4 Tanner Mirrlees and Shahid Alvi To achieve our goal, this article s first and second section introduces our political-economic method for analyzing the MOOC and especially, this method s grounding in a neo-marxian theory of technology, management and class power. The third section places the MOOC on a historical continuum of attempts by U.S. corporations, educational reformers and cash-strapped university administrators to Taylorize education by applying new communication technologies to the academic labor process. While much techno-deterministic buzz emphasizes the newness of MOOCs, we contend that MOOCs represent the latest attempt, in a long history of Taylorist managerial efforts, to make education more efficient by getting fewer and fewer professors to teach more and more students with less resources and at a lower cost. And against the techno-optimists who champion the MOOC as good for everyone, we contend MOOCs may adversely affect the livelihood and labor process of teachers. Overall, we argue that the MOOC is a tool of managerial power used to deskill teachers and automate the work of teaching; it serves as the latest ostensible technological fix to the economic problems of higher education in a period of neoliberalism and austerity. In the article s conclusion, we call for the democratization of the MOOC. The Political Economy of New Communication Technology This article s analysis of the MOOC is grounded in the political economy of communications method, which, for our purposes, connotes a historical, holistic, moralistic and practical-political approach to new technology (Wasko, Murdock and Sousa, 2011, p. 2). Rooted in 18 th century moral philosophy, the analysis of production and consumption relations, and here, linked in particular to the work of Marx, the political economy method is historical, meaning that rather than concentrating primarily on immediate events, it insists that a full understanding of contemporary shifts must be grounded in an analysis of transformations, shifts, and contradictions that unfold over long loops of time (Wasko, Murdock and Sousa, 2011, p. 2). Political-economists recognize the importance of trying to 48 P a g e

5 understand how new communication technology may be changing the world, but view the narrow fixation only on what s going on now at the expense of a broad account of what came before as a major cognitive problem that is typical of present-minded postmodern and late capitalist societies (Jameson, 1991). To avoid present-mindedness, political economists analyze the past in the present of technology, that is, how an ostensibly new communication technology may maintain, extend or transform longstanding social power relations. Following this methodological tenet, we are interested in the dialectic of continuity and change surrounding attempts to transform educational institutions and the quality of education with new technology. We ask historical questions of the present-minded discourse surrounding MOOCs: are MOOCs as radically new as some say they are and if not, what are their technological antecedents? Did communication technologies thought to be new in previous epochs radically disrupt existing models of college and university education? These questions encourage us to place the buzz surrounding the MOOC on a continuum of historical attempts to transform education with apparently new communication technologies. The political-economy method is holistic in that instead of conceptualizing new communication technology as an agent that possesses the power to change the world (technological determinism) or as a value-neutral tool used for whatever ends whichever user decides (technological instrumentalism), it focuses on technology as the outcome and tool of the large-scale economic and political organizations that conceptualize, develop, distribute and use it. Technology is part and product of society and as such, something that is best understood and explained with reference to the choices, interests and actions of society s powerful economic and political organizations corporate and state institutions specifically. A society s need for technology is never pre-given or universally apparent, but something defined by a network of organizations within society that have the capacity to define a need and the best means of meeting it. Also, political economists conceptualize communication technology as an instrument of 49 P a g e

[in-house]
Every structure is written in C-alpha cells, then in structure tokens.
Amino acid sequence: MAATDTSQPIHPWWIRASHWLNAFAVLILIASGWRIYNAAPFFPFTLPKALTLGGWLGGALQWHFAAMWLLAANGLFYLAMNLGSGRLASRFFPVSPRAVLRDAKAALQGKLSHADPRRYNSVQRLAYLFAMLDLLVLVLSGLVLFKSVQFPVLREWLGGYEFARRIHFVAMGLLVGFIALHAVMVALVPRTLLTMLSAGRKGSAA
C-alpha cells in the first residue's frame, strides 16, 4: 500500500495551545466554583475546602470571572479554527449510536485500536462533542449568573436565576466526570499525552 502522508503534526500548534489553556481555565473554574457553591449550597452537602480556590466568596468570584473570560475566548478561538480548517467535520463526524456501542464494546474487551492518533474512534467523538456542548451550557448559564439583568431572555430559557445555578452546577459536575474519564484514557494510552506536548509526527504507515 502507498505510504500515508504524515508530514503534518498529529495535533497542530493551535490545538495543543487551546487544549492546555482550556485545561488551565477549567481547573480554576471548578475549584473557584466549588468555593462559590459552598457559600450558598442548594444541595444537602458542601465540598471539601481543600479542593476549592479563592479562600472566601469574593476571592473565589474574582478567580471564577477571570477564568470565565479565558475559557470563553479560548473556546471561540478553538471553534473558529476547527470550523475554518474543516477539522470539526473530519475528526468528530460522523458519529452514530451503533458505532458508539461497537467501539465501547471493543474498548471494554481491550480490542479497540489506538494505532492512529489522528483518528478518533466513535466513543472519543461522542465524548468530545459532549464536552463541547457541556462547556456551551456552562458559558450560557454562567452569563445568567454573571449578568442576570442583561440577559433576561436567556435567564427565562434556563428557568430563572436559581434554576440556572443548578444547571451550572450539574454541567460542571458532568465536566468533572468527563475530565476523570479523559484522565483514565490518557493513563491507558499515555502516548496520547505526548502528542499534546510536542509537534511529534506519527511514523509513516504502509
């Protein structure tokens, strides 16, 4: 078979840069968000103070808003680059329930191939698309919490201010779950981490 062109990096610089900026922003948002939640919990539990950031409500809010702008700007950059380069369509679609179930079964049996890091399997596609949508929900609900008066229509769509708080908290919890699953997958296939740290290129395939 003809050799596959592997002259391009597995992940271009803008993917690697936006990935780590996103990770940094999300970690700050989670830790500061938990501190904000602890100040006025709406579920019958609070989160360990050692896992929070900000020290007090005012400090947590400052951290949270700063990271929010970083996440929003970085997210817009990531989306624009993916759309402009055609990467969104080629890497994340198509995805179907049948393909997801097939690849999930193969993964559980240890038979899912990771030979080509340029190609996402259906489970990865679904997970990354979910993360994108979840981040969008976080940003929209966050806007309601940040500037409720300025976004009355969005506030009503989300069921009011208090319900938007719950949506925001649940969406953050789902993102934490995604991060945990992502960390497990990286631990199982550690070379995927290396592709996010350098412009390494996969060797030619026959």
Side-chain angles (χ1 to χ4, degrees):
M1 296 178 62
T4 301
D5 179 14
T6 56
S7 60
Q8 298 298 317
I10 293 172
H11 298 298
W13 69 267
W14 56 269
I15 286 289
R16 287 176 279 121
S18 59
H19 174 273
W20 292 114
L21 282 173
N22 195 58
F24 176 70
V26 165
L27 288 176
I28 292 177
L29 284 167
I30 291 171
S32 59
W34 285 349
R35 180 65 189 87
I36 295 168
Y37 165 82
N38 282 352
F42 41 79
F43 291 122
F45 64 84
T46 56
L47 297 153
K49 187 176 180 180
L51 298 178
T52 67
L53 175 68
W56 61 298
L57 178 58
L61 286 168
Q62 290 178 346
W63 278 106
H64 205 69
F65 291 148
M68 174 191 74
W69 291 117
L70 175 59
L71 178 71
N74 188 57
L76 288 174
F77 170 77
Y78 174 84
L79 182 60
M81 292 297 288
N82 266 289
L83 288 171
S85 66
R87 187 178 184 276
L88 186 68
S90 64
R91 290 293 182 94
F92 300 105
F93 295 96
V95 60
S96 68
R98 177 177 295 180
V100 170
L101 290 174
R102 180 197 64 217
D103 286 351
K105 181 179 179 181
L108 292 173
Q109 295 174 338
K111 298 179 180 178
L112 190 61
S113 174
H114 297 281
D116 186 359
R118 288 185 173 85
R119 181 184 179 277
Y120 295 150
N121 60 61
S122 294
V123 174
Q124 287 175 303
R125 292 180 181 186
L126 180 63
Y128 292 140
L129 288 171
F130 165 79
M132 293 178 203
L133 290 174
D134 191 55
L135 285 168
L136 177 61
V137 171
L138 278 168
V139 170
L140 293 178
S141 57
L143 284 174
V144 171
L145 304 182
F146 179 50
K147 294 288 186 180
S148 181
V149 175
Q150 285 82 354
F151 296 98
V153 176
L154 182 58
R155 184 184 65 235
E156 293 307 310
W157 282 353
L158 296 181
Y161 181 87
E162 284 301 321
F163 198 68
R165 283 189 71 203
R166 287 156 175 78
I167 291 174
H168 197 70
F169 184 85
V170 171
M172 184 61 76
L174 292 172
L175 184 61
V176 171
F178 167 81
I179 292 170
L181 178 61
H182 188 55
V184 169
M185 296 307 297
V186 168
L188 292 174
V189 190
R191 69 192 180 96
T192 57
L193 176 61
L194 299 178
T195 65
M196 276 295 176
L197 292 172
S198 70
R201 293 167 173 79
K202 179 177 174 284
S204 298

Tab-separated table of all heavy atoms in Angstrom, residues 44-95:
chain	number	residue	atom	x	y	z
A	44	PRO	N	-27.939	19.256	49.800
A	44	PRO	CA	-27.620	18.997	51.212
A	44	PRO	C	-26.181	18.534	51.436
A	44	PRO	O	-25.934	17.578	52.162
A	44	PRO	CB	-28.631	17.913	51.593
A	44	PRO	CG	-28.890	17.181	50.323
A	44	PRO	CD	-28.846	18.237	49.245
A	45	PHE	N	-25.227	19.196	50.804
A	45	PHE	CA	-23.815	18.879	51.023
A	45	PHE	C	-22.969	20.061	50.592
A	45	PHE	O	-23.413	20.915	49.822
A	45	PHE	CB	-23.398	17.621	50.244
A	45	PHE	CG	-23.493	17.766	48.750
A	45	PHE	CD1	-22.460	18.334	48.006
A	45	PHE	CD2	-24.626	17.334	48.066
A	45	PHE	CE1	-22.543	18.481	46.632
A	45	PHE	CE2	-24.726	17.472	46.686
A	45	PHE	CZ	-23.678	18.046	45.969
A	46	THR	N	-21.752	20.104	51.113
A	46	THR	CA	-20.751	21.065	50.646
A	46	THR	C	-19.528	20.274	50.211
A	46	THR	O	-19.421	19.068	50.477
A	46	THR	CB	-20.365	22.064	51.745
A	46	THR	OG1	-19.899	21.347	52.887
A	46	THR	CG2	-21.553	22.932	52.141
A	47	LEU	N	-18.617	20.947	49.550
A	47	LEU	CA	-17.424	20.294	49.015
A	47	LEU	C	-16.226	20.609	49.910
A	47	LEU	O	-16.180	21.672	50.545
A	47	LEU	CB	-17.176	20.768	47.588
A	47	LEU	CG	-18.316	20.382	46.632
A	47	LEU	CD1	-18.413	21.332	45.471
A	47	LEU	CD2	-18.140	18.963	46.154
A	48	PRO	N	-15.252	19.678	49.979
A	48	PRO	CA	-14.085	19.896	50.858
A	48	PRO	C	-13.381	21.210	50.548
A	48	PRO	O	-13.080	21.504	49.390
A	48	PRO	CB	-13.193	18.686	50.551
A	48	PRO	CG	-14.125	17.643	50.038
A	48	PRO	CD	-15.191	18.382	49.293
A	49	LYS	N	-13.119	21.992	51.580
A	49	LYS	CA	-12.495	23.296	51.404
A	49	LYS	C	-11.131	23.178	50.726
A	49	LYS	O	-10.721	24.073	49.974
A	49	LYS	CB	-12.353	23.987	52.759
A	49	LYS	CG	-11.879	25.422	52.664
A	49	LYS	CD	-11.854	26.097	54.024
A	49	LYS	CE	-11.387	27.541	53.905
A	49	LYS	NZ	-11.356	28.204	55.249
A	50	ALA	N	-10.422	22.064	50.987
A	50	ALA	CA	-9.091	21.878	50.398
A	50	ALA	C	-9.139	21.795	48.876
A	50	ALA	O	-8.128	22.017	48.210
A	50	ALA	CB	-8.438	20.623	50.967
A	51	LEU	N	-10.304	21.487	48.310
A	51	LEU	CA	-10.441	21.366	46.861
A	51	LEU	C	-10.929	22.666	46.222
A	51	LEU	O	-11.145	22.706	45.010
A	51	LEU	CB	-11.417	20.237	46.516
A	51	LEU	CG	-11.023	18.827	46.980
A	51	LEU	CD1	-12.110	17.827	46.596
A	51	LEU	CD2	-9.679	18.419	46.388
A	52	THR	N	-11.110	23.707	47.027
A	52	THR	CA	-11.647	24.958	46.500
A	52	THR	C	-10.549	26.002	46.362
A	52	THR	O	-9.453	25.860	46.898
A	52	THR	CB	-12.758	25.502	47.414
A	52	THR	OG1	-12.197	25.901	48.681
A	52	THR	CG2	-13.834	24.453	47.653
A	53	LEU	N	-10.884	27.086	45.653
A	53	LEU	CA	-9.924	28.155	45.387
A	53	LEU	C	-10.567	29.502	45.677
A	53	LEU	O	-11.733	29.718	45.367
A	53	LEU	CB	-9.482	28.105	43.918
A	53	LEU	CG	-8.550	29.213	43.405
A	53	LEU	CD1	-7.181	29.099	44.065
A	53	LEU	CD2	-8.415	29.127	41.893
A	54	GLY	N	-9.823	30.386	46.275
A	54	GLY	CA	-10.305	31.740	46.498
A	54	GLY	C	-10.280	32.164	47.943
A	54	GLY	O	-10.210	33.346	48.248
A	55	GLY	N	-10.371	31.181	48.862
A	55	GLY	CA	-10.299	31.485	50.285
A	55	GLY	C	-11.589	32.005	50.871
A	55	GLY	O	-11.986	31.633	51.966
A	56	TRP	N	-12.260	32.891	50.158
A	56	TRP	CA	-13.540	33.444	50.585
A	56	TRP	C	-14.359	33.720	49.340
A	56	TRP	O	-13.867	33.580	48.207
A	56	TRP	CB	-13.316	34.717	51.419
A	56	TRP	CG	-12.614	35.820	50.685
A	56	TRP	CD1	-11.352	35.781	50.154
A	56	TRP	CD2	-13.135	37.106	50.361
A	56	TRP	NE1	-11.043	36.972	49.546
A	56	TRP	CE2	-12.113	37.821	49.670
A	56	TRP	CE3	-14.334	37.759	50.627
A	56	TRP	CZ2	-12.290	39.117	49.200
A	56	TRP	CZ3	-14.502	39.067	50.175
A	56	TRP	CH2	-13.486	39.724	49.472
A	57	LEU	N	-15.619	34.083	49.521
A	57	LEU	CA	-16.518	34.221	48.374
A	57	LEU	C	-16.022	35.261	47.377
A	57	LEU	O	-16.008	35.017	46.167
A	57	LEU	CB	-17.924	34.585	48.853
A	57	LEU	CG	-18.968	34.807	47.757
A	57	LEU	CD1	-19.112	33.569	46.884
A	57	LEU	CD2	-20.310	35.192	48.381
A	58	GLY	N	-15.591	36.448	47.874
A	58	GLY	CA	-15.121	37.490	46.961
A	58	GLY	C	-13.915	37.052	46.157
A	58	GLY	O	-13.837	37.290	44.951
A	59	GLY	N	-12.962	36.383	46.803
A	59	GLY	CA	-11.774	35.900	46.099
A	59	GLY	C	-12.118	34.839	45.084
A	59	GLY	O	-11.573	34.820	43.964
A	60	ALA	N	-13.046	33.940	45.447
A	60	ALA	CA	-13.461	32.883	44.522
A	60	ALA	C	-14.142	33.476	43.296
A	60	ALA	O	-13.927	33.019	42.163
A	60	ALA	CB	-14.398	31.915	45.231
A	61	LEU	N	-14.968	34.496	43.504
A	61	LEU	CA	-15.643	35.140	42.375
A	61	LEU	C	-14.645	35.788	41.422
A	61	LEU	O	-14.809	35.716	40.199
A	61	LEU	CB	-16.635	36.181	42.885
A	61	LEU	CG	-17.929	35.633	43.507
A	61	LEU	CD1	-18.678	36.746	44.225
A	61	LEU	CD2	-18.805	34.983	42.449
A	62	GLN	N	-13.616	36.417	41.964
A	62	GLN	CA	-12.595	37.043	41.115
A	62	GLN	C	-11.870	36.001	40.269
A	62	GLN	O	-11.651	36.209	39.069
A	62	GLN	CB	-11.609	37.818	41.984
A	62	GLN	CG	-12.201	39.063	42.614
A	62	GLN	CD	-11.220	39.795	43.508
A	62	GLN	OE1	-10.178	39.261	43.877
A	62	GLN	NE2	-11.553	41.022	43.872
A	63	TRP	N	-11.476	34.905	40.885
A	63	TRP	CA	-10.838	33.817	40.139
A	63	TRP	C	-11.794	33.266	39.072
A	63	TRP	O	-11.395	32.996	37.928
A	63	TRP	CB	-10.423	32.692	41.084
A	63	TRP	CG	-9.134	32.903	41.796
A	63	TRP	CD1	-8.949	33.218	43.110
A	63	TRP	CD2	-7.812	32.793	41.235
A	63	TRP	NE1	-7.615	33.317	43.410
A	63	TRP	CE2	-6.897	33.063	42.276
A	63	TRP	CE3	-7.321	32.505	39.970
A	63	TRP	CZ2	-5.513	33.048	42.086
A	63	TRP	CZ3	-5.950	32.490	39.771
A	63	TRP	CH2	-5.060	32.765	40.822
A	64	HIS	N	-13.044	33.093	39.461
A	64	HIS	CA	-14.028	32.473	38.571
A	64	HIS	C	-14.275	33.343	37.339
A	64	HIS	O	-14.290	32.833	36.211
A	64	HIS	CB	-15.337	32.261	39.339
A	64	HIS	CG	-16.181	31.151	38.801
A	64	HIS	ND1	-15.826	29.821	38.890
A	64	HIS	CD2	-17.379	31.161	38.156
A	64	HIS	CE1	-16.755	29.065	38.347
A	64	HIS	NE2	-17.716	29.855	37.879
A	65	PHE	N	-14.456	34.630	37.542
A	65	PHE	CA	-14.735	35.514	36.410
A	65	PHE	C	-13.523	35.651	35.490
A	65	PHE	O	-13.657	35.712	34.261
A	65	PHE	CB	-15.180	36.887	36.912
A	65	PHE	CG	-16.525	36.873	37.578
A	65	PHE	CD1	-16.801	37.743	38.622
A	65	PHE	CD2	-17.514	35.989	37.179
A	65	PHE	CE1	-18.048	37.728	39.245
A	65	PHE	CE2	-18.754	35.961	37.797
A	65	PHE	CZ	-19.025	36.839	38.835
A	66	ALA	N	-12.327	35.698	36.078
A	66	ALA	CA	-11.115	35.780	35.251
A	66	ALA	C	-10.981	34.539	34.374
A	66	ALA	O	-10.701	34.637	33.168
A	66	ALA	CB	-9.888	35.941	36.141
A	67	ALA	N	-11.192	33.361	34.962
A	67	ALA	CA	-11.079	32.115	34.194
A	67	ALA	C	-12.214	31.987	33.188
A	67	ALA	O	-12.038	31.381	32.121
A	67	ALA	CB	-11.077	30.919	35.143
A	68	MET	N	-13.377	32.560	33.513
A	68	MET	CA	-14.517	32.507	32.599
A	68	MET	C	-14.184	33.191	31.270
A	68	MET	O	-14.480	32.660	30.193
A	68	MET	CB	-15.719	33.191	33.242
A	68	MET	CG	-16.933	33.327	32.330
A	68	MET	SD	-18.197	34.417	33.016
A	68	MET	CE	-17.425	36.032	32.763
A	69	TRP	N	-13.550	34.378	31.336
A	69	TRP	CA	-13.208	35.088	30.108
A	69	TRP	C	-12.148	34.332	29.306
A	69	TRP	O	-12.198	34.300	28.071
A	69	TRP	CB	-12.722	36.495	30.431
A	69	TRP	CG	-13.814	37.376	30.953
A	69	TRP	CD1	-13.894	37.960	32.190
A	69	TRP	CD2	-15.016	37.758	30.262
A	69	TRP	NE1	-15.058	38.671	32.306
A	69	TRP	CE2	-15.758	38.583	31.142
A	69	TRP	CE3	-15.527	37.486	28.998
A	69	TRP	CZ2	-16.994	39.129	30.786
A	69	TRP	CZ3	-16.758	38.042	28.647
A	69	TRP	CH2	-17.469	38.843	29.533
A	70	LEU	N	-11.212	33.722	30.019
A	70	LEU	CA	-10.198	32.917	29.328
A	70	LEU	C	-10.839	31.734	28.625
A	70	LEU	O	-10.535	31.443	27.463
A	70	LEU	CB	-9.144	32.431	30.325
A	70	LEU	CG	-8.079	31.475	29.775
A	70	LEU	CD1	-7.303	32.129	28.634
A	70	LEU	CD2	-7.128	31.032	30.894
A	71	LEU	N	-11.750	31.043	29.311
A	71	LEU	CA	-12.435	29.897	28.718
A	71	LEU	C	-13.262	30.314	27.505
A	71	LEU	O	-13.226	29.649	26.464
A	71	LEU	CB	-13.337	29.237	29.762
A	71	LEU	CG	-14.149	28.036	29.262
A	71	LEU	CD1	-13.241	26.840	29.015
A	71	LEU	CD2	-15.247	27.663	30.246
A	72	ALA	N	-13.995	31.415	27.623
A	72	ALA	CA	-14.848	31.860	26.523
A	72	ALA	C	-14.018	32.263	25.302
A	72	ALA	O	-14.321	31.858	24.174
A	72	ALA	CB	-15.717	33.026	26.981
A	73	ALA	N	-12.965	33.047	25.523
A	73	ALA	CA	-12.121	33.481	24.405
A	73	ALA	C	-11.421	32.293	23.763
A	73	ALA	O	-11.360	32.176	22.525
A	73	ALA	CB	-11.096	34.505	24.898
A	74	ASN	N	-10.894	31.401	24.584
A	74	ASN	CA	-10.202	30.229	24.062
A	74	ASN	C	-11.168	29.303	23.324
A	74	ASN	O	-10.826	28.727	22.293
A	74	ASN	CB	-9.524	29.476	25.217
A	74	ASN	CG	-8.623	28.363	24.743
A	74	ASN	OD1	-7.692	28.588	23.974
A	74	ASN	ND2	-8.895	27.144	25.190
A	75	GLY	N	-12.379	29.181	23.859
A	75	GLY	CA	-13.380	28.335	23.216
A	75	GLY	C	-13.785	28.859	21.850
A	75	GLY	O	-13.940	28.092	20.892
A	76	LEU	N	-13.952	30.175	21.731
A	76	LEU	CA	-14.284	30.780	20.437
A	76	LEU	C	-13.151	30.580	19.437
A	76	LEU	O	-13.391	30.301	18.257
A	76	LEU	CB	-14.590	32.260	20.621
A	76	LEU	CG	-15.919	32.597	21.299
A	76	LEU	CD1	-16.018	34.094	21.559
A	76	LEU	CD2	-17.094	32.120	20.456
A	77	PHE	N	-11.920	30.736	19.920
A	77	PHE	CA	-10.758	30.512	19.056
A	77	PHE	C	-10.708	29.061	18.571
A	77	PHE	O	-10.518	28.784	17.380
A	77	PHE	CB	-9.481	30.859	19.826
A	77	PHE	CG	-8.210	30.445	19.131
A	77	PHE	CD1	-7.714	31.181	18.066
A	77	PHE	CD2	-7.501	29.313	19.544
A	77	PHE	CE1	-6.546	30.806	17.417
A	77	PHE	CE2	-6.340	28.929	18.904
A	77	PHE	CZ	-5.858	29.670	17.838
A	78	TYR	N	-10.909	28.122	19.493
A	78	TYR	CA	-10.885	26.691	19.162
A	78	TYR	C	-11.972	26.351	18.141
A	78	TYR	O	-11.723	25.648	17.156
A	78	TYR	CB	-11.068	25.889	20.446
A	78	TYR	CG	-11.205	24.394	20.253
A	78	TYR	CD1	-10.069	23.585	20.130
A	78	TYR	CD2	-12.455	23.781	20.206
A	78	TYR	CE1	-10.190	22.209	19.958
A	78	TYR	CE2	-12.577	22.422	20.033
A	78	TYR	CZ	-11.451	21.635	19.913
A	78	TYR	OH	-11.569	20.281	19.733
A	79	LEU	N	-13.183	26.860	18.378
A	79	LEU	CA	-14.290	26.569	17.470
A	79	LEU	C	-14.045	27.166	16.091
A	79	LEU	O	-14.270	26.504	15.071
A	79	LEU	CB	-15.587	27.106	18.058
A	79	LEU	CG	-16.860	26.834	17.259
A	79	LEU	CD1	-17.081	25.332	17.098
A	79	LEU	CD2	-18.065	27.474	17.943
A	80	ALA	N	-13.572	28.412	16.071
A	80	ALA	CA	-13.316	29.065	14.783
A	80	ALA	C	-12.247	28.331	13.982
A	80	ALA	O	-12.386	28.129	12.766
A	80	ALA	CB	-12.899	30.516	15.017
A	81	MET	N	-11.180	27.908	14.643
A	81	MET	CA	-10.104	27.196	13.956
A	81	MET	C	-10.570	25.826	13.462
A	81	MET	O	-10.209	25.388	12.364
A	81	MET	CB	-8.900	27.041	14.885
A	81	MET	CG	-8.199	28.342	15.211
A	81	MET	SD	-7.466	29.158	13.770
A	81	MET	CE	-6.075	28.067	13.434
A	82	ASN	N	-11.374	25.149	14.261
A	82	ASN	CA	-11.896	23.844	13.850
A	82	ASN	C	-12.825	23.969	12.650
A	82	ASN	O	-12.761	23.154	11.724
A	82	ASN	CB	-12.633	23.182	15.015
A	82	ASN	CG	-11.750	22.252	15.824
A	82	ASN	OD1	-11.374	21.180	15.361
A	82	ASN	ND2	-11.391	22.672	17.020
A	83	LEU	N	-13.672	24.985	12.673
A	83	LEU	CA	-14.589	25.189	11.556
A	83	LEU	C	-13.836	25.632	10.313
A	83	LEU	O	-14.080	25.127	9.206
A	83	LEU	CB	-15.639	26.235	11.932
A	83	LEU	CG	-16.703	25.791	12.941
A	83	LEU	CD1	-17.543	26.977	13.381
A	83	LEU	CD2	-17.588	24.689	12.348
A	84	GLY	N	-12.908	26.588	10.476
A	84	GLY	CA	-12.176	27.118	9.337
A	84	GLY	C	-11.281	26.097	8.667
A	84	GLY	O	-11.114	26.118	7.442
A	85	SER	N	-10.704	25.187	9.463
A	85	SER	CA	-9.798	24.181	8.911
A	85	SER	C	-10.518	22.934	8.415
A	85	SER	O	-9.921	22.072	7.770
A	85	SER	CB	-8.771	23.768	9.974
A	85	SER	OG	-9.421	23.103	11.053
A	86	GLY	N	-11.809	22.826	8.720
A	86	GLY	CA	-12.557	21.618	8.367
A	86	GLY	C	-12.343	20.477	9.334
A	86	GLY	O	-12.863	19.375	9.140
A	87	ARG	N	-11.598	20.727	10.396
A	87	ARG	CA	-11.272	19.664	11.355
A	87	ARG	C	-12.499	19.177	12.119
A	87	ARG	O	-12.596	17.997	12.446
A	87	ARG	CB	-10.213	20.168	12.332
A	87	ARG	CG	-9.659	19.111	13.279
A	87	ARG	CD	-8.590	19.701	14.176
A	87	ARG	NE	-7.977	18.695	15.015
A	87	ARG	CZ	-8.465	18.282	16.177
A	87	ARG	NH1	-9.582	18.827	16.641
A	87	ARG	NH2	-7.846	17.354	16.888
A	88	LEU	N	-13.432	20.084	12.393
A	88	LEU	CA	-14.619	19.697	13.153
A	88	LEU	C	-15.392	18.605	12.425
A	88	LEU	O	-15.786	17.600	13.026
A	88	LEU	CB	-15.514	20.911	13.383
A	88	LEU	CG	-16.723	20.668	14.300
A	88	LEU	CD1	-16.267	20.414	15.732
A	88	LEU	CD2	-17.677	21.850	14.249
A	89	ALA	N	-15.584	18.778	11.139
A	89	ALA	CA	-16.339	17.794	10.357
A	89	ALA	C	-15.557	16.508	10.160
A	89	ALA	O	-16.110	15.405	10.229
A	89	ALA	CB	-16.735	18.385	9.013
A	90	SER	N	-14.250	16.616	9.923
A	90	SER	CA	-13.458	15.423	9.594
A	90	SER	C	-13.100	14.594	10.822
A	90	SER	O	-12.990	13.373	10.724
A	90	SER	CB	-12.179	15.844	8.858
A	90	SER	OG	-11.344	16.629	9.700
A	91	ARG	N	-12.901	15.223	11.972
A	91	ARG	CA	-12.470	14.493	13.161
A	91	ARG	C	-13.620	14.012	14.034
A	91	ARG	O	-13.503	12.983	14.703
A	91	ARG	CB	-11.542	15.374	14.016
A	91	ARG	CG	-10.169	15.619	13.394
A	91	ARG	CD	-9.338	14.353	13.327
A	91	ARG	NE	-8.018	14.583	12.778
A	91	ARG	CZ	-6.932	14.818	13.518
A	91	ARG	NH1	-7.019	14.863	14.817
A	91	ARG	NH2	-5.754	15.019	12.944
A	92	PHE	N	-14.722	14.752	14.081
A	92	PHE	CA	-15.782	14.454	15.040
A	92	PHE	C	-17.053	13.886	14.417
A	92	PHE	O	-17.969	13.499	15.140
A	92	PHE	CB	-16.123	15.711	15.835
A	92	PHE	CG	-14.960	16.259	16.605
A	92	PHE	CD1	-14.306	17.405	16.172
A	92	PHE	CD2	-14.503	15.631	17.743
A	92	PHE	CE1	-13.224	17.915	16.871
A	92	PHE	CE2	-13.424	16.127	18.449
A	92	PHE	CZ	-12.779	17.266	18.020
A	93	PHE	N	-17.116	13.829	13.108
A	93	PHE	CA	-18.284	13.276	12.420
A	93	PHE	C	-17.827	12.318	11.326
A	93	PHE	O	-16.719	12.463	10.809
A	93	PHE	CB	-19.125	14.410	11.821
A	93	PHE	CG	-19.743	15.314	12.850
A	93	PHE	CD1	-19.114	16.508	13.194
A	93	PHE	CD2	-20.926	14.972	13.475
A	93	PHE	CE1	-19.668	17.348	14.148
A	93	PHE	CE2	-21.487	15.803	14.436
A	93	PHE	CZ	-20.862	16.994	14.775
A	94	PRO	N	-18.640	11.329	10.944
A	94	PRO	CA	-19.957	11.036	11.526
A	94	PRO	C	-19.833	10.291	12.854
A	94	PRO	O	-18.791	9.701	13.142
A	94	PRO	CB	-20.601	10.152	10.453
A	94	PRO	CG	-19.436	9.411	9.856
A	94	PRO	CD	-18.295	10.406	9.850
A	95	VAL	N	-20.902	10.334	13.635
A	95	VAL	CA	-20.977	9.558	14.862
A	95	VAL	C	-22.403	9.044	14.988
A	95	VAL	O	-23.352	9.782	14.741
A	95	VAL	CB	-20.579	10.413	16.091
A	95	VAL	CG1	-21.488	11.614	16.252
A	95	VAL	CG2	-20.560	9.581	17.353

6 Tanner Mirrlees and Shahid Alvi power that can be used to advance the interests of some at the expense of others and are attentive to how the benefits and costs of new technology are unevenly distributed in society. With this tenet in mind, we examine the MOOCs design as the outcome of the choices, goals and interests of the organizations and interest groups responsible for developing it. We ask questions like: what particular organizations are promoting the diffusion of MOOCs? What interests do they pursue in doing so? Whose ends are MOOCs designed to fulfill? At what cost and at whose expense might MOOCs be developed and implemented in society? By attempting to answer these kinds of questions, we aim to move beyond the buzz surrounding MOOCs and put critical pressure on those who frame them as either a rational response to the universal needs of students or as autonomous agents that are beyond human control and fundamentally transforming education. The political economy method is also concerned with the relations between the organization of culture and communications and the constitution of the good society grounded in social justice and democratic practice (Wasko, Murdock and Sousa, 2011, p. 1). Political economists ask moral and ethical questions such as: what is a good society? What values does new technology uphold or challenge? What values should the design of a new technology express? What ends should we direct our new communication technology toward? These kinds of moral and ethical questions are at the heart of efforts to democratize technology and society. When we judge technology its development, use and effects we are making a judgement about how we want to live with technology and the kind of society we want to live in. Technology is deeply political (it is shaped and used by different groups in society to serve their interests), politically consequential (it is part of society and capable of changing it, for better or worse), and is always being judged by political actors (most of the time, by technocratic elites, but sometimes, by broader publics) (Barney, 2007). When political economists judge new technology, they do so with respect to its ability to support or undermine progressive values like social justice, social equality and deliberative democracy. By judging 50 P a g e